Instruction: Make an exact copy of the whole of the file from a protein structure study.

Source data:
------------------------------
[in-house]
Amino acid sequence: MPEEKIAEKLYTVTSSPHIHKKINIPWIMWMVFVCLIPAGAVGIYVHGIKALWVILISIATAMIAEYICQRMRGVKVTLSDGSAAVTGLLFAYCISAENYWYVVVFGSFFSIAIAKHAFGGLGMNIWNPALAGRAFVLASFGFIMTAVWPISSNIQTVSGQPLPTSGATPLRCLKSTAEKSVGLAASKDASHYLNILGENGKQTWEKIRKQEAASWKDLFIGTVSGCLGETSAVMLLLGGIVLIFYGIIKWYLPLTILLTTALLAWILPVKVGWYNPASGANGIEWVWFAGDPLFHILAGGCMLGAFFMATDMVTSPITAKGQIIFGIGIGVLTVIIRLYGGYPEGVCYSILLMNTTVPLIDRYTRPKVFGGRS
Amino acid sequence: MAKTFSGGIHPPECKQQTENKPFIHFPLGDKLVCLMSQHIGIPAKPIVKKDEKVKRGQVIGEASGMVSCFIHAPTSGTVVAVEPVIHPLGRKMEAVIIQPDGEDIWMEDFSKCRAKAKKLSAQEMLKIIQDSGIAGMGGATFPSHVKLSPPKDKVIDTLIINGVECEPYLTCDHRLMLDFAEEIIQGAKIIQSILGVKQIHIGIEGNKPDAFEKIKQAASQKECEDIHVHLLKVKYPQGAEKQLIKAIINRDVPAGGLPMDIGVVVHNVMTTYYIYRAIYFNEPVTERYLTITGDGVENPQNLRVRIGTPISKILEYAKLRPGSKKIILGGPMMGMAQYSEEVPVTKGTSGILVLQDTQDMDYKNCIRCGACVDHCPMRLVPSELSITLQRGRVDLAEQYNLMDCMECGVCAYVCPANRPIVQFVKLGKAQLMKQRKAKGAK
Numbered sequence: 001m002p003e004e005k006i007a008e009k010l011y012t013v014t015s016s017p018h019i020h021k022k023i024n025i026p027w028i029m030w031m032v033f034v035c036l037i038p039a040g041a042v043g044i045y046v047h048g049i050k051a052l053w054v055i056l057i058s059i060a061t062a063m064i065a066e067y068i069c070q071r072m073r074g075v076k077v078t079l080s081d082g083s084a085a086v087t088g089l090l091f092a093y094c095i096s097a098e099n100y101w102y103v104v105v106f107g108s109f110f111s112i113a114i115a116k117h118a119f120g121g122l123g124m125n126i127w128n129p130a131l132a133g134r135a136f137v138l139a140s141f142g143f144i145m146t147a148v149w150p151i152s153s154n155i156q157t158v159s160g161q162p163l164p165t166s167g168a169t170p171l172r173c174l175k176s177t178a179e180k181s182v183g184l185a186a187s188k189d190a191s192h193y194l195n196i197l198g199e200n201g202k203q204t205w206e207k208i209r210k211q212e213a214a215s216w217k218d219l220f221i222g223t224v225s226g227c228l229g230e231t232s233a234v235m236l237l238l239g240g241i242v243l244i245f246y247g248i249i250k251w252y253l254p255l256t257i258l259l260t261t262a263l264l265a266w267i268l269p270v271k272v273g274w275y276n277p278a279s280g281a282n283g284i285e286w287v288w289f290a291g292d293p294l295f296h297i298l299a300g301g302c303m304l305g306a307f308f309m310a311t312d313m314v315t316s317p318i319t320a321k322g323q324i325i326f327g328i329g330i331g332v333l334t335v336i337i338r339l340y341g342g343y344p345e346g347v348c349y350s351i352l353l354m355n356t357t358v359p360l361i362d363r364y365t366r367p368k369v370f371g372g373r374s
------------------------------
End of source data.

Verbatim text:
[in-house]
Amino acid sequence: MPEEKIAEKLYTVTSSPHIHKKINIPWIMWMVFVCLIPAGAVGIYVHGIKALWVILISIATAMIAEYICQRMRGVKVTLSDGSAAVTGLLFAYCISAENYWYVVVFGSFFSIAIAKHAFGGLGMNIWNPALAGRAFVLASFGFIMTAVWPISSNIQTVSGQPLPTSGATPLRCLKSTAEKSVGLAASKDASHYLNILGENGKQTWEKIRKQEAASWKDLFIGTVSGCLGETSAVMLLLGGIVLIFYGIIKWYLPLTILLTTALLAWILPVKVGWYNPASGANGIEWVWFAGDPLFHILAGGCMLGAFFMATDMVTSPITAKGQIIFGIGIGVLTVIIRLYGGYPEGVCYSILLMNTTVPLIDRYTRPKVFGGRS
Amino acid sequence: MAKTFSGGIHPPECKQQTENKPFIHFPLGDKLVCLMSQHIGIPAKPIVKKDEKVKRGQVIGEASGMVSCFIHAPTSGTVVAVEPVIHPLGRKMEAVIIQPDGEDIWMEDFSKCRAKAKKLSAQEMLKIIQDSGIAGMGGATFPSHVKLSPPKDKVIDTLIINGVECEPYLTCDHRLMLDFAEEIIQGAKIIQSILGVKQIHIGIEGNKPDAFEKIKQAASQKECEDIHVHLLKVKYPQGAEKQLIKAIINRDVPAGGLPMDIGVVVHNVMTTYYIYRAIYFNEPVTERYLTITGDGVENPQNLRVRIGTPISKILEYAKLRPGSKKIILGGPMMGMAQYSEEVPVTKGTSGILVLQDTQDMDYKNCIRCGACVDHCPMRLVPSELSITLQRGRVDLAEQYNLMDCMECGVCAYVCPANRPIVQFVKLGKAQLMKQRKAKGAK
Numbered sequence: 001m002p003e004e005k006i007a008e009k010l011y012t013v014t015s016s017p018h019i020h021k022k023i024n025i026p027w028i029m030w031m032v033f034v035c036l037i038p039a040g041a042v043g044i045y046v047h048g049i050k051a052l053w054v055i056l057i058s059i060a061t062a063m064i065a066e067y068i069c070q071r072m073r074g075v076k077v078t079l080s081d082g083s084a085a086v087t088g089l090l091f092a093y094c095i096s097a098e099n100y101w102y103v104v105v106f107g108s109f110f111s112i113a114i115a116k117h118a119f120g121g122l123g124m125n126i127w128n129p130a131l132a133g134r135a136f137v138l139a140s141f142g143f144i145m146t147a148v149w150p151i152s153s154n155i156q157t158v159s160g161q162p163l164p165t166s167g168a169t170p171l172r173c174l175k176s177t178a179e180k181s182v183g184l185a186a187s188k189d190a191s192h193y194l195n196i197l198g199e200n201g202k203q204t205w206e207k208i209r210k211q212e213a214a215s216w217k218d219l220f221i222g223t224v225s226g227c228l229g230e231t232s233a234v235m236l237l238l239g240g241i242v243l244i245f246y247g248i249i250k251w252y253l254p255l256t257i258l259l260t261t262a263l264l265a266w267i268l269p270v271k272v273g274w275y276n277p278a279s280g281a282n283g284i285e286w287v288w289f290a291g292d293p294l295f296h297i298l299a300g301g302c303m304l305g306a307f308f309m310a311t312d313m314v315t316s317p318i319t320a321k322g323q324i325i326f327g328i329g330i331g332v333l334t335v336i337i338r339l340y341g342g343y344p345e346g347v348c349y350s351i352l353l354m355n356t357t358v359p360l361i362d363r364y365t366r367p368k369v370f371g372g373r374s